By Xinhua Writer Ren Ke
BEIJING, Sept. 10 (Xinhua) -- In his speech at an Asia-Pacific Economic Cooperation (APEC) forum over the weekend, Chinese President Hu Jintao promised to build a system to guarantee social fairness, voicing his call at a time when China greatly needs justice and equity.
Hu said China will phase in a system to ensure a system of social equity that features equal rights, equal opportunities and equal rules -- a system that offers people equal access to development opportunities.
Observers noted that Hu made the remarks ahead of the 18th national congress of the Communist Party of China (CPC), during which the new central leadership will be elected, and many believe his call for equity signals what will be a key aspect in China's development for years to come.
His words quickly made headlines in China's major websites and prompted wide discussion, as social equity has become more important than ever as well as a key for tackling most of China's current domestic challenges following the country's decades of rapid development.
If someone only saw the metropolises of Beijing or Shanghai, he might say China is a well-developed country. However, that is far from a true picture of China.
The country is now facing various challenges involving regional imbalances, a widening income gap among its people and inequalities in many aspects of people's lives.
Hu's words were spoken as controversial news was breaking. Journalists learned that children in Macheng City in central China's Hubei Province have to carry their own desks to school due to budget deficiencies, as claimed by the local government. The picture of children carrying desks spread rapidly on Twitter-like microblogging services, arousing public sympathy and anger.
And while these children carry their own desks to school, students in China's big cities sit in air-conditioned classrooms, learning English phonics through PowerPoint presentations on advanced laptops. From the starting point, the two groups of children have different resources that will afford them different future opportunities.
The two sets of students studying under vastly different circumstances represent a microcosm of contemporary China. In fact, due to imbalanced resource distribution, a large percentage of people are facing difficulties in their livelihoods, especially in education, healthcare, housing and other areas, while the rich and privileged, as well as people in most developed areas, enjoy better social services.
The imbalanced distribution of resources among regions and people has hindered the growth of domestic demand and the economic restructuring. Furthermore, it has undermined social stability and harmony, as inequality leads to many social conflicts each year.
Official data show that the average disposable income for Chinese urban residents in 2011 was 21,810 yuan (3,435 U.S. dollars), while the average net income for rural residents stood at just 6,977 yuan.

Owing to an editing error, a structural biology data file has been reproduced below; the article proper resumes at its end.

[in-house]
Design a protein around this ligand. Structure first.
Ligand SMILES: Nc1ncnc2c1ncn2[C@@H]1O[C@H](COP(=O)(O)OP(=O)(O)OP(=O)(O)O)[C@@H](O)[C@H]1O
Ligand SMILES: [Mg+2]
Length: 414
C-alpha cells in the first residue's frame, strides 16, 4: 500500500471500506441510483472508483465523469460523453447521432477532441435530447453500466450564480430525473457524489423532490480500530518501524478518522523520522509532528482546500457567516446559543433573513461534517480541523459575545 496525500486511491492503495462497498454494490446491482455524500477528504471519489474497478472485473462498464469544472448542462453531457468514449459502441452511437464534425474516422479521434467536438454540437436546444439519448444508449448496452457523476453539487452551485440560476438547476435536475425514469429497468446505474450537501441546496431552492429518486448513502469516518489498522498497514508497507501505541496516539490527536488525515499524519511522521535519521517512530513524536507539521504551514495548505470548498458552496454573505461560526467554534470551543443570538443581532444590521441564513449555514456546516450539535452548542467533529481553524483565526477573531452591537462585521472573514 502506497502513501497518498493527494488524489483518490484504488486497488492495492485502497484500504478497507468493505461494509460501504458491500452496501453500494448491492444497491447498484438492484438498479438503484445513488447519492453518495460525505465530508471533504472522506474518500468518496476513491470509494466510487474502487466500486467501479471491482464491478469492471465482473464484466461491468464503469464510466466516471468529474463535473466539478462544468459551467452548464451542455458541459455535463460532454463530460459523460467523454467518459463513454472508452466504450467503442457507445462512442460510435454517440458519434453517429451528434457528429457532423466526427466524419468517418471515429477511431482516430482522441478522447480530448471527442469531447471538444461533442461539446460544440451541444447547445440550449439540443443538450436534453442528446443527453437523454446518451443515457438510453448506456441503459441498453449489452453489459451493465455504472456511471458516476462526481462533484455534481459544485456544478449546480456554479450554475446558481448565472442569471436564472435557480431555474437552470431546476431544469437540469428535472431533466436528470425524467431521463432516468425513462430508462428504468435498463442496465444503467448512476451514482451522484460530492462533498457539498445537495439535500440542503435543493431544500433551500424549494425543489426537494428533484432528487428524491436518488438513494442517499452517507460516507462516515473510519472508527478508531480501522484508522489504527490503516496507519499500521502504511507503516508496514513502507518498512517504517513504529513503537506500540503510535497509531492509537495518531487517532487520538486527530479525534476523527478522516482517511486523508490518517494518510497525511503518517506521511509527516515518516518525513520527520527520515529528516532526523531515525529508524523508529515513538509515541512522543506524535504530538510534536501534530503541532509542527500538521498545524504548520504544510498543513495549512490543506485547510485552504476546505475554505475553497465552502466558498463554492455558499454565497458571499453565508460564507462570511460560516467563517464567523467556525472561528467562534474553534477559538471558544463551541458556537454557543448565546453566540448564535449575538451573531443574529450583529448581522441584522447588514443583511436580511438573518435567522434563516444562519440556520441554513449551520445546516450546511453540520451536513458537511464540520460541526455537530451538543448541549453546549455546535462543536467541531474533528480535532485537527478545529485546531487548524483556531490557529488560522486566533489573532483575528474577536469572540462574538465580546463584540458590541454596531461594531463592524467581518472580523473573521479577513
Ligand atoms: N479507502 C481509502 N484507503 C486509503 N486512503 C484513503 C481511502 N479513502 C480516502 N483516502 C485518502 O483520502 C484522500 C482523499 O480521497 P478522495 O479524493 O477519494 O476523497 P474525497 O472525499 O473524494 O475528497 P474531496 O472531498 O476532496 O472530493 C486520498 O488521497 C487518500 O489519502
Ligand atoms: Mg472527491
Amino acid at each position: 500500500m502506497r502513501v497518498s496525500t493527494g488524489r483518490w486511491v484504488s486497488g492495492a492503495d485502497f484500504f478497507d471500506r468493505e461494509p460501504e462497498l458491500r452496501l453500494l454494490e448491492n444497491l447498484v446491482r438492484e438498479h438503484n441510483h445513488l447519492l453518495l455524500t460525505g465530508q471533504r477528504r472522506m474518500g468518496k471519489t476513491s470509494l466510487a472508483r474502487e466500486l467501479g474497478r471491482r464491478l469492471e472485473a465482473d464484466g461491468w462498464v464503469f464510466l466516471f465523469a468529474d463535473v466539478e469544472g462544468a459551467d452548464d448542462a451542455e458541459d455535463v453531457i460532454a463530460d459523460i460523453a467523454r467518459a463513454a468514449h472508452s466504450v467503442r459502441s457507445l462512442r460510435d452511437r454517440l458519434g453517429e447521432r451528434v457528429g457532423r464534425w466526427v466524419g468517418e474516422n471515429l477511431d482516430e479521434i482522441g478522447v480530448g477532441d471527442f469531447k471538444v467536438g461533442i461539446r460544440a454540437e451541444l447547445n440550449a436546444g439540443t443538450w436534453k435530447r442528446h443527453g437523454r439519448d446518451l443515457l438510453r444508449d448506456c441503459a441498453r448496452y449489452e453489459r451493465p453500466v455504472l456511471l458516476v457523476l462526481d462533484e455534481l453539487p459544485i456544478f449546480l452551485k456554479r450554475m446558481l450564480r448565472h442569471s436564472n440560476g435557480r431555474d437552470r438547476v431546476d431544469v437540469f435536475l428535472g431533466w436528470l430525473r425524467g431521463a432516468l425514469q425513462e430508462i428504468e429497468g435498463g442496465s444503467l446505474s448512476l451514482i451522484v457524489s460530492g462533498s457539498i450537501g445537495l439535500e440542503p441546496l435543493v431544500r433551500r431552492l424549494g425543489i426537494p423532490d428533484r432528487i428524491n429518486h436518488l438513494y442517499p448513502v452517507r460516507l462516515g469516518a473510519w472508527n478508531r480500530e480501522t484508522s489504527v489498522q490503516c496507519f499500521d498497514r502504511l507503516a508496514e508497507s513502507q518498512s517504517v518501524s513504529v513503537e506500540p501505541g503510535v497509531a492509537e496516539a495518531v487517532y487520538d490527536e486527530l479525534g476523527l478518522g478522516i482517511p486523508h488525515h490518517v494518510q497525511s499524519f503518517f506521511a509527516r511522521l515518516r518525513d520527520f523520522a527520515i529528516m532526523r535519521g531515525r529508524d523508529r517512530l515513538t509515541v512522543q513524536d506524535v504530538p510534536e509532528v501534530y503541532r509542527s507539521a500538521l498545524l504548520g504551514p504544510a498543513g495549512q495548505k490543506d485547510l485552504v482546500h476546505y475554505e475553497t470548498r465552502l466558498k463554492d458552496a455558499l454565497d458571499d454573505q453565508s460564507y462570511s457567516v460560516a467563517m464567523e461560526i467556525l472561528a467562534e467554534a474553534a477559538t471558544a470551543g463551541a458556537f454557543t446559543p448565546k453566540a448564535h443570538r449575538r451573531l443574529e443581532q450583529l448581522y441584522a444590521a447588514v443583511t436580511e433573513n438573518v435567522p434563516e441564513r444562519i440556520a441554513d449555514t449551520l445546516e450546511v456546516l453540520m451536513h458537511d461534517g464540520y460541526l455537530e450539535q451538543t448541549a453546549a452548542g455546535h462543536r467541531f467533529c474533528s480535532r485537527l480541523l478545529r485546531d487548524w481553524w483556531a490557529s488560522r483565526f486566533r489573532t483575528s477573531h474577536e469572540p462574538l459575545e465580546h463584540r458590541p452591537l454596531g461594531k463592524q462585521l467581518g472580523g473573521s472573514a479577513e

Meanwhile, the Gini coefficient, an index reflecting the rich-poor gap, in rural China stood at 0.3949 last year, nearing the warning level of 0.4 set by the United Nations.
In his speech, President Hu also stressed equity in rights and rules. In the past few years, Chinese media have exposed quite a number of scandals in which officials abused their power to help their sons and daughters obtain government jobs, depriving other young people of the same opportunities. Such scandals have never failed to arouse public anger, and were often followed with official investigations and punishments handed down to the offending officials.
The Chinese government has recognized the importance of equity and has already taken measures to address the issue. The country is investing more in education, especially in less-developed areas. A comprehensive healthcare system covering over 90 percent of the population has initially been established. The government is now considering reforms of the income distribution system to ease the income gap.
In the meantime, experts are optimistic about China's political reform, as President Hu said in an important speech on July 23, which is considered a keynote address for the upcoming CPC national congress, that authorities will safeguard social justice and equity and ensure that people enjoy broad rights and freedoms in accordance with the law.
China has succeeded in making a bigger cake, and the problem now is how to divide it more equally -- and Hu's remarks show that China is moving in the right direction for offering everyone a slice.
Special Report: President Hu attends 20th APEC informal economic leaders' meeting